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here is a pair of quick questions that I am wondering about, I would appreciate any help:

Is it always the case that any matrix $A$ can be represented as $E_{1}...E_{n}$ * rref($A$) (and in special case when the matrix is invertible, the representation becomes simply $E_{1}...E_{n}$) where $E_{i}$ is an elementary matrix?

And is it always the case that we can write the determinant of any matrix $A$ in the form $(-1)^{s}k_{1}...k_{n}$ * det(rref($A$)) where $s$ signifies the number of row swaps needed to get to the rref form, and $k_{i}$ are the scalars by which we divided rows of $A$ to get to its rref form (and in the special case when the matrix is not invertible, det(rref($A$)) is equal to zero, so the product of the whole expression equals to zero)?

Thank you!

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Yes to both. Though the notation looks suspiciously like that of… – Arturo Magidin Feb 19 '11 at 22:58
Thank you! I am struggling to log in. – LinAlgStudent Feb 19 '11 at 23:00
@LinAlgStudent: Did you post that previous question? – Arturo Magidin Feb 19 '11 at 23:01
@Arturo Magidin: I did indeed. Just checking whether such representation is consistent for both invertible and non-invertible matrices (and their determinants). – LinAlgStudent Feb 19 '11 at 23:02
@LinAlgStudent @user5157, considering that you just logged into the user5157 account 20 minutes ago, I take it any difficulty has been resolved. I've thus merged your accounts. Also, please do provide a valid e-mail address in your profile, so the moderators can contact you in situations such as this. – Willie Wong Feb 19 '11 at 23:26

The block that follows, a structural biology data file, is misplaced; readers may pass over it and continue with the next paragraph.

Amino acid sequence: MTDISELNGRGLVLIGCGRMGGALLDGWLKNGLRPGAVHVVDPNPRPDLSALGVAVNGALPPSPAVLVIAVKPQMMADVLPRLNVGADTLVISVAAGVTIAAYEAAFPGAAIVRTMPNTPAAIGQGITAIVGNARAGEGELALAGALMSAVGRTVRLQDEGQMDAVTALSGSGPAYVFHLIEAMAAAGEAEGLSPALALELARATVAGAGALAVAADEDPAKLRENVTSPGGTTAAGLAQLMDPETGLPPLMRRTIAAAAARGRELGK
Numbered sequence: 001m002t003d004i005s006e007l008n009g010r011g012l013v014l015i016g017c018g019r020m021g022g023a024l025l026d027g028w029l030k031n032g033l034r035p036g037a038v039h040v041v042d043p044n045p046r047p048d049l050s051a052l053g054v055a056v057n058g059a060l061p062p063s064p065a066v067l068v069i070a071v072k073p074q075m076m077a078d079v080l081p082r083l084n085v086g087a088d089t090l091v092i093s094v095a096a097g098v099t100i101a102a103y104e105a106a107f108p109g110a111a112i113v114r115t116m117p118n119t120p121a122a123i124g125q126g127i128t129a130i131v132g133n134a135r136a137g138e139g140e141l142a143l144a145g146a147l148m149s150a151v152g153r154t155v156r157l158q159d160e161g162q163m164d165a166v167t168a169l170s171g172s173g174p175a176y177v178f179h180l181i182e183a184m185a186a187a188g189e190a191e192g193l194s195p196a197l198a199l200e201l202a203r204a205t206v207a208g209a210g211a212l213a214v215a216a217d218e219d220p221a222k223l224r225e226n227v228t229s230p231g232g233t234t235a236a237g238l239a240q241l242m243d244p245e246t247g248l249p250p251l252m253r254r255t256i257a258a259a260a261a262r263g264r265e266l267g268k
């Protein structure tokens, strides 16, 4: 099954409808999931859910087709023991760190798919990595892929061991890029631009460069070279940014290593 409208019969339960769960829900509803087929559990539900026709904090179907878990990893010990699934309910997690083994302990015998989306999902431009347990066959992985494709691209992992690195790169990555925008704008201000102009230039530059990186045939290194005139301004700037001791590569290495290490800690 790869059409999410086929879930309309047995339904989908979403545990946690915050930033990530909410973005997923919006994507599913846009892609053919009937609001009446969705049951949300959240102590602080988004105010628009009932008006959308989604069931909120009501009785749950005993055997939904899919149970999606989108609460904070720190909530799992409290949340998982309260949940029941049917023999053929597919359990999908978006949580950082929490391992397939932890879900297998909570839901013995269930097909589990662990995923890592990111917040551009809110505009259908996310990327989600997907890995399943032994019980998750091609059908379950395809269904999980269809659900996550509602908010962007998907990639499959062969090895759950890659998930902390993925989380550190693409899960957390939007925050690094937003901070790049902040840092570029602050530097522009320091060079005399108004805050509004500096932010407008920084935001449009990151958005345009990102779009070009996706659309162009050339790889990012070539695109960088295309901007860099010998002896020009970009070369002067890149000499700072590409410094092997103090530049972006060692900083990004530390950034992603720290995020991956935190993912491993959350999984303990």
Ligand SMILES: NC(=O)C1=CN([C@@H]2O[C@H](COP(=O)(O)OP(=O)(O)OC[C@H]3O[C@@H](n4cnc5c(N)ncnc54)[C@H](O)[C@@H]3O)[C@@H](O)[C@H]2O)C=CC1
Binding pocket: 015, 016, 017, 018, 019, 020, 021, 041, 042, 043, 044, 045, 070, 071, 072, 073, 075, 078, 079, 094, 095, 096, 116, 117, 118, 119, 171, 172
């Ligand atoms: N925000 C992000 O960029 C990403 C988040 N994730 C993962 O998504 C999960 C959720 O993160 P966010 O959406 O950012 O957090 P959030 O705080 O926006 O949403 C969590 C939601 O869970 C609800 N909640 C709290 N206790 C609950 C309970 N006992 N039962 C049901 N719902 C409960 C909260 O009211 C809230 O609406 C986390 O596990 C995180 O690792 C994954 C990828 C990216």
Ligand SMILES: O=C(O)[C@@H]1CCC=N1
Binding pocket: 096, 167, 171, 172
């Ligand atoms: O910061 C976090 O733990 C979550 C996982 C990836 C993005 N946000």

up vote 2 down vote accepted

Yes to both.

Multiplying on the left by an elementary matrix corresponds to doing an elementary row operation. Conversely, every elementary row operation can be "performed" by multiplying on the left by an appropriate elementary matrix.

When you go from $A$ to the reduced row-echelon form of $A$, $\mathrm{rref}A$, you do so by performing a (finite) sequence of elementary row operations; these can be represented instead by performing multiplications on the left by appropriate elementary matrices. So, you can find a sequence of elementary matrices $F_1,F_2,\ldots,F_n$, corresponding to the actions you took, that will make the following true: $$F_nF_{n-1}\cdots F_1A = \mathrm{rref}A.$$ Now, every elementary matrix is invertible, and its inverse is an elementary matrix (of the same type). So if we let $E_i = F_i^{-1}$, then multiplying on the left both sides of the equation by $E_n$, $E_{n-1},\ldots, E_1$, you get $$A = E_1E_2E_3\cdots E_n\mathrm{rref}A,$$ with each $E_i$ an elementary matrix.

An elementary matrix that corresponds to "add a multiple of one row to another row" has an inverse of the same type, and in both cases the determinant is just $1$, so you don't need to keep track of them.

An elementary matrix that corresponds to "swap two rows" has an inverse of the same type (in fact, it is its own inverse), and has determinant $-1$, so you only need to keep track of how many of these matrices are around.

But an elementary matrix that corresponds to "divide one row by $k_i$" has as inverse the elementary matrix that corresponds to "multiply one row by $k_i$". The former has determinant $\frac{1}{k_i}$, the latter has determinant $k_i$. So here you need to keep track of exactly what you divded by, and the taking of inverses is why for the determinant computation you multiply by the $k_i$ whereas you originally divided by them.

Since the determinant of the product is the product of the determinant (when all matrices are square), from $$A = E_1\cdots E_n\mathrm{rref}A$$ you get the formula you write for the determinant.

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